Team UOW Australia, a partnership between the University of Wollongong and TAFE Illawarra, has been announced as the winner of the Solar Decathlon China 2013 finals ahead of 19 other entries from around the globe.
As the first Australian team to be invited to compete in the ‘energy Olympics’, Team UOW placed first in Engineering, Architecture, and Solar Application, while placing second in Communications and Market Appeal.
They were awarded the overall first place at the closing ceremony in Datong, China, after they received 957.6 out of a possible 1000 points.
Modelled on a 1960s Aussie fibro house floor plan, the Illawarra Flame House demonstrates a way to make existing houses energy efficient and comfortable to live in
The net-zero energy home was constructed from the ground up at the competition site in just 12 days, with all materials shipped over from Australia.
It was the first house in Solar Decathlon history to demonstrate a retrofit of an existing home, an idea the Australian team believes gave them the winning edge in the competition.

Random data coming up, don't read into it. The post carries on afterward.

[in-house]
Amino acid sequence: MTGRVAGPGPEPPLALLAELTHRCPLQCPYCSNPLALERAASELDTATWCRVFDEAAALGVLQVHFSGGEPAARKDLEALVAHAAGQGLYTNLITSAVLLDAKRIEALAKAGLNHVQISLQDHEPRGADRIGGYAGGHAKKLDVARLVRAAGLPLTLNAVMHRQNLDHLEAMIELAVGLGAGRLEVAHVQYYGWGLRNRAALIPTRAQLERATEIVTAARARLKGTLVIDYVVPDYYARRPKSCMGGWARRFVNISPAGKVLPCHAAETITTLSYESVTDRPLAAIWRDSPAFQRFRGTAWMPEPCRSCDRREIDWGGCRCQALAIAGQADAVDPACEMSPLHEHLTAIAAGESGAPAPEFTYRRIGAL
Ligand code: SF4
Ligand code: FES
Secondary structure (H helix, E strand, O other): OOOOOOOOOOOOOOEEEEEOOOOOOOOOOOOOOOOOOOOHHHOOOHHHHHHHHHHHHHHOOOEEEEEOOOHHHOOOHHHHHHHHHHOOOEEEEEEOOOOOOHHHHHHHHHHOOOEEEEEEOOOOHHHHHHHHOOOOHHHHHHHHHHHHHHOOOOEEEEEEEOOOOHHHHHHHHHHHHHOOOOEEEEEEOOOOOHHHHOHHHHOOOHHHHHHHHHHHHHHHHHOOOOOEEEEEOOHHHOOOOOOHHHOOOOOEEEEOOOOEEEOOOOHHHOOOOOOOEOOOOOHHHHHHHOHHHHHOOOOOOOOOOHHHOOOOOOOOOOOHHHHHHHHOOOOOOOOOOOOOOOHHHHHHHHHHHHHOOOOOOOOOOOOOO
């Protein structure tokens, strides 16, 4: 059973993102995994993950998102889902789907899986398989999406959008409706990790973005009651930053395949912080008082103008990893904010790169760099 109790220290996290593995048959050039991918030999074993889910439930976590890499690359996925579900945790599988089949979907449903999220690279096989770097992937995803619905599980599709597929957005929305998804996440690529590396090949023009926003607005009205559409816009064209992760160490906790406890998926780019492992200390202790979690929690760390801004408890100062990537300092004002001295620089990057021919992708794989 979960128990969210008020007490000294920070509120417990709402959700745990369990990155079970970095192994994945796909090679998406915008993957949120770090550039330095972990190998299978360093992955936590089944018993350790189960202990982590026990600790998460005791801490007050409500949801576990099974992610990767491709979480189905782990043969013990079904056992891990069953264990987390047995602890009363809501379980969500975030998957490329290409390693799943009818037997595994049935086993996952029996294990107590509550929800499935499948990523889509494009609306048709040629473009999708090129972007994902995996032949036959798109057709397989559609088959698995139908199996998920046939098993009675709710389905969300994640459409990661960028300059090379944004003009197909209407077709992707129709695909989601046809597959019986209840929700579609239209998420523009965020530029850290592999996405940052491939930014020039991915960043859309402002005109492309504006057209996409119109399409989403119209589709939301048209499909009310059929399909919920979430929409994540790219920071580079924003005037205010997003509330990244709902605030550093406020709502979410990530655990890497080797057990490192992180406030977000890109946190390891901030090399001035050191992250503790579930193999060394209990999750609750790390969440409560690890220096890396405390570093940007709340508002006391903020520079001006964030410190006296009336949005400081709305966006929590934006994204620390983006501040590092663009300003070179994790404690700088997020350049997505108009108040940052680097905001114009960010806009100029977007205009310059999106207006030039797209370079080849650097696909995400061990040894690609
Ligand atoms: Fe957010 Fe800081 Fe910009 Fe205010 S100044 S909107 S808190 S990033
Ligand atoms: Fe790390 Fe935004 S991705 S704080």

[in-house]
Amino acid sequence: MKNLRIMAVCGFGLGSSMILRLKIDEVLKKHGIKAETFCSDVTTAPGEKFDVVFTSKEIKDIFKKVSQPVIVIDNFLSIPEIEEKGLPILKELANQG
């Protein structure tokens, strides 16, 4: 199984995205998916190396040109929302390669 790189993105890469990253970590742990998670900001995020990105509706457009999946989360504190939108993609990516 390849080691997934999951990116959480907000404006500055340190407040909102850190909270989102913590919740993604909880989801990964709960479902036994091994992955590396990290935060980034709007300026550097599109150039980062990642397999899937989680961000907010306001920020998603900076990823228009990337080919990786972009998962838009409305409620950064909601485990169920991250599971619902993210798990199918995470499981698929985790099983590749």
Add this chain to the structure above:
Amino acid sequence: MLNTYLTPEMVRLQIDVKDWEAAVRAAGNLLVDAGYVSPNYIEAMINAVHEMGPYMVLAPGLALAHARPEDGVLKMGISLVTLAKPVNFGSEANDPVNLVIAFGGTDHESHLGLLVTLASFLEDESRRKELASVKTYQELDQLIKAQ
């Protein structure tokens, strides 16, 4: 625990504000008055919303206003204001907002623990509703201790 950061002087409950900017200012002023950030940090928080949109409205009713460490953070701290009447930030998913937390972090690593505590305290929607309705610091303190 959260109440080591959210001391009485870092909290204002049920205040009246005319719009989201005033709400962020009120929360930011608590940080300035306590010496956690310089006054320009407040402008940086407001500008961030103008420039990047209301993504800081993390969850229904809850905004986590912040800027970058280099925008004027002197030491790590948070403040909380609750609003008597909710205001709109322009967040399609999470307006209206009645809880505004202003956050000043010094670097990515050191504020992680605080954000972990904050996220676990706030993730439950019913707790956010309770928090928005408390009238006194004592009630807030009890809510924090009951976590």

Team UOW Australia in front of the Illawarra Flame House.
“I am so proud of the tremendous effort that our students have put in over the past two years. From the initial planning, through detailed design, and then finally the construction of our house in both Wollongong and China, I cannot describe how much it means for the team to be awarded first place in the Solar Decathlon China 2013,” said Professor Paul Cooper, the Team UOW Faculty Advisor and Director of the Sustainable Buildings Research Centre at the University of Wollongong.
During the week of public exhibition in China, over 20,000 locals were shown through the Illawarra Flame House, with another 10,000 visitors expected over the remaining three days of the display period.
Aerial view of the Solar Decathalon China site.
The Illawarra Flame House will eventually be shipped back from China and re-constructed once again at its new home at The University of Wollongong’s Innovation Campus Sustainable Research Centre (SBRC).
It will be opened regularly to the public, and become a part of the SBRC Living Laboratory program, where it will provide not only a test bed for new sustainable building technologies, but a vehicle to accelerate the adoption of sustainable retrofit technologies for homes in Australia and overseas.
Artist's impression of the Illawarra Flame House.